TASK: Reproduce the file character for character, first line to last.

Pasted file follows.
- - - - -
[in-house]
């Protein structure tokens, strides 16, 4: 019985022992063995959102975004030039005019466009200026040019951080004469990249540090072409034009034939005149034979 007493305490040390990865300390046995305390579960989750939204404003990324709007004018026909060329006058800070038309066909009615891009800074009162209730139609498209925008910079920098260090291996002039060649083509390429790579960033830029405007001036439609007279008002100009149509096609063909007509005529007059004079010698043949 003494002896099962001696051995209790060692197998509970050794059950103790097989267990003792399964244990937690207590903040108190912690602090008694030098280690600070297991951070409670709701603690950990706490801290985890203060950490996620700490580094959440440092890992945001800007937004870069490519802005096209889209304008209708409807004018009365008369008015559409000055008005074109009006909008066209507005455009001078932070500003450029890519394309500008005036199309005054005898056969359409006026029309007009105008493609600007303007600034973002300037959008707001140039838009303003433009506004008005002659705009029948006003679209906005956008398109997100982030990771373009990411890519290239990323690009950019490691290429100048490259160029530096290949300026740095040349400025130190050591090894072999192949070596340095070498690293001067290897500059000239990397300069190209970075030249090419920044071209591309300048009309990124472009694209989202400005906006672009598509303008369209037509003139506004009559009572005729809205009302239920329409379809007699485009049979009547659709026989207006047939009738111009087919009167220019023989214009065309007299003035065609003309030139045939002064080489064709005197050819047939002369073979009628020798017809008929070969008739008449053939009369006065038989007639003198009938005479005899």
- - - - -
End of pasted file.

[in-house]
């Protein structure tokens, strides 16, 4: 019985022992063995959102975004030039005019466009200026040019951080004469990249540090072409034009034939005149034979 007493305490040390990865300390046995305390579960989750939204404003990324709007004018026909060329006058800070038309066909009615891009800074009162209730139609498209925008910079920098260090291996002039060649083509390429790579960033830029405007001036439609007279008002100009149509096609063909007509005529007059004079010698043949 003494002896099962001696051995209790060692197998509970050794059950103790097989267990003792399964244990937690207590903040108190912690602090008694030098280690600070297991951070409670709701603690950990706490801290985890203060950490996620700490580094959440440092890992945001800007937004870069490519802005096209889209304008209708409807004018009365008369008015559409000055008005074109009006909008066209507005455009001078932070500003450029890519394309500008005036199309005054005898056969359409006026029309007009105008493609600007303007600034973002300037959008707001140039838009303003433009506004008005002659705009029948006003679209906005956008398109997100982030990771373009990411890519290239990323690009950019490691290429100048490259160029530096290949300026740095040349400025130190050591090894072999192949070596340095070498690293001067290897500059000239990397300069190209970075030249090419920044071209591309300048009309990124472009694209989202400005906006672009598509303008369209037509003139506004009559009572005729809205009302239920329409379809007699485009049979009547659709026989207006047939009738111009087919009167220019023989214009065309007299003035065609003309030139045939002064080489064709005197050819047939002369073979009628020798017809008929070969008739008449053939009369006065038989007639003198009938005479005899």